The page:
My mother, a fount of wisdom, has repeatedly told me over the years: Blessed is she who expects nothing for she shall never be disappointed. Each time I heard this, I’d rally with my justification for having expectations – to make things better than they were, to expect more of ourselves and others, to push for improvements.
Working without expecting a salary? Going to the doctor without expecting a diagnosis? Dieting without expecting to lose weight? Madness. It never made sense. Until now.
I had what one might call a ‘come to Jesus’ moment, or if Jesus isn’t your thing, then a particularly large penny finally dropped – the old Irish penny, bigger than any coin we have today.
Having expectations were doing nothing for me other than raising my blood pressure, increasing my stress levels, and making me a complete witch to be around.
I got a message in my inbox pointing out the danger of having unrealistic expectations. The operative word here is unrealistic.
Is it realistic to expect to be paid for your work? Or to get a diagnosis from the doctor? Or to lose weight while on a diet? All debatable. Realistic is a very subjective concept.
We make a big deal out of everything. Being five minutes late, getting stuck in traffic, somebody giving us a wrong look, waiting in line, overcooking a meal, gaining a pound, discovering a wrinkle, making an honest mistake…you name it; we lose all perspective. The real problem is we have unrealistic expectations. That’s not how God wants you to live! If you want to experience the joy Jesus promised, do these two things: 1) Concede that your uptightness is largely because of the way you have decided life should be. 2) Acknowledge that your expectations are causing you much of your frustration.
I remember being told in a performance appraisal a few lives ago that I needed to better manage my expectations. I wasn’t willing to compromise on what I believed was a minimum standard. A realistic expectation – in my world.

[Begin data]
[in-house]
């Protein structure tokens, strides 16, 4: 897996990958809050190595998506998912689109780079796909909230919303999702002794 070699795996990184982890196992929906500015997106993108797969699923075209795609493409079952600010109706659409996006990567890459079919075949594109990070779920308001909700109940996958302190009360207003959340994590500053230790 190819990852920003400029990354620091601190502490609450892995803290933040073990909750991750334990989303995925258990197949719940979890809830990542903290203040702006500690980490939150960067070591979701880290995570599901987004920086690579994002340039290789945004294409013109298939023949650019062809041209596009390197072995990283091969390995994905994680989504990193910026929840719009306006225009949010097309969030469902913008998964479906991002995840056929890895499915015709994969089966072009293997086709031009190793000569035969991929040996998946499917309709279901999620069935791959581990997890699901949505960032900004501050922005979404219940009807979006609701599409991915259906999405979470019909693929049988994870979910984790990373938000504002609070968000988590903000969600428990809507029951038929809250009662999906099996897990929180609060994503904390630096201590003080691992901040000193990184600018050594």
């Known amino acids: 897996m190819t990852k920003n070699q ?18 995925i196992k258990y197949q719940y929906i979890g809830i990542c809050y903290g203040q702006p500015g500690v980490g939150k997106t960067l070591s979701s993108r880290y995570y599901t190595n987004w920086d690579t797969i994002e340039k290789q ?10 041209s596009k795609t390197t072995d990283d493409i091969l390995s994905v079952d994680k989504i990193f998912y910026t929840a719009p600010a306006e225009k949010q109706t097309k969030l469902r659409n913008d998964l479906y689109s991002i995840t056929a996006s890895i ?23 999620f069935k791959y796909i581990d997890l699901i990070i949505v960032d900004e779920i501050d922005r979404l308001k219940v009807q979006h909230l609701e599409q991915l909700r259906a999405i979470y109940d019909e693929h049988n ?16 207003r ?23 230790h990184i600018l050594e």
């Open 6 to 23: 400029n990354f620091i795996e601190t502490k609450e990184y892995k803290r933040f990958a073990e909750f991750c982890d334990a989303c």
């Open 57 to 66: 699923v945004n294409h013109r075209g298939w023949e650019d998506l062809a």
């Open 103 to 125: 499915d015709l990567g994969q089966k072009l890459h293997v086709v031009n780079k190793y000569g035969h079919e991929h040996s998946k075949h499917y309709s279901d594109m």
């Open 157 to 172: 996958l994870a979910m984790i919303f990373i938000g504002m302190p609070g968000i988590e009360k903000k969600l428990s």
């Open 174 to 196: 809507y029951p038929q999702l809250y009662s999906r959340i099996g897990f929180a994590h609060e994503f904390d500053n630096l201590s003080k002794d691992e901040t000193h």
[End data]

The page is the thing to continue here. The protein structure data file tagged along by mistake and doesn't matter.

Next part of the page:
When I renovated my flat, I flipped a lid when I saw that the light switches weren’t straight. They were off by only millimetres. But they were off. And surely, it wasn’t too much to expect that a qualified electrician would take pride in their job and put them on straight? Three renovations and six electricians later, I was still climbing the walls.
I make a terrible landlady. I expect anyone staying in my place to look after it. As I would. Not as they would. I expect them to see what I see. And do as I would do.
I’m not easy to live with, either. I deal out coasters like a hand of cards. I have to clean up before I can sit and eat. I’m constantly turning off lights and pulling out plugs.
The latest building project (which was to take six months and is now in its third year) drove me to the pills.
And then, one sentence, just one sentence, showed me the light.
When you keep expecting things to always be a certain way and they’re not, you will always be upset.
Yesterday, the lads were in plastering the cellar walls and ceiling. It was spilling rain. The chap who had started inserting the damp course in an exterior wall was to have come back last week and finish the job. Until he finishes, the lads doing the terrace can’t finish laying the bricks. The water pooled up and seeped through an air vent in the cellar, washing away my lovely, smooth plaster. I was surprisingly calm.
The previous week, when the chap was inserting the damp course and the metal plates came through on my newly plastered and painted kitchen wall, knocking off my tile skirting, I looked at the damage, sighed, and moved on. I have yet to sweep it up.
While painting the concrete floor in the barn, we didn’t wash off the effervescence (I didn’t even know there was such a thing). On our third coat, the first two started coming up in patches. Ah well. S*&^ happens.
Two months ago, just one of these would have sent me into a meltdown. All three in a week would have had me chewing the Xanax. But now that I’m not expecting things to go to plan, there’s no frustration.
The gas thing is that I’ve never had a plan. I don’t plan. Not since my carefully laid plans at 16 all fell asunder when I didn’t get into teacher training college. At least that’s what I’ve always told myself – but aren’t expectations plans of a sort? I’m not ready to debate life without expectations in the Oxford Union, so don’t go poking holes in it.
I’m fully embracing this calmer me. The house might take five years to finish but it’ll get done when it gets done.
The roofer said he’d come by today to give me a quote – he might, he might not. If he does, it’ll be a pleasant surprise. If he doesn’t, I wasn’t really expecting him anyway.
I’m reminded of something my dad used to say to me: People don’t disappoint you – what disappoints you is that you were wrong in your expectations of them.
Expectations. Expectations. Expectations. Great or otherwise. I’m taking a hiatus. And am grateful for the calm.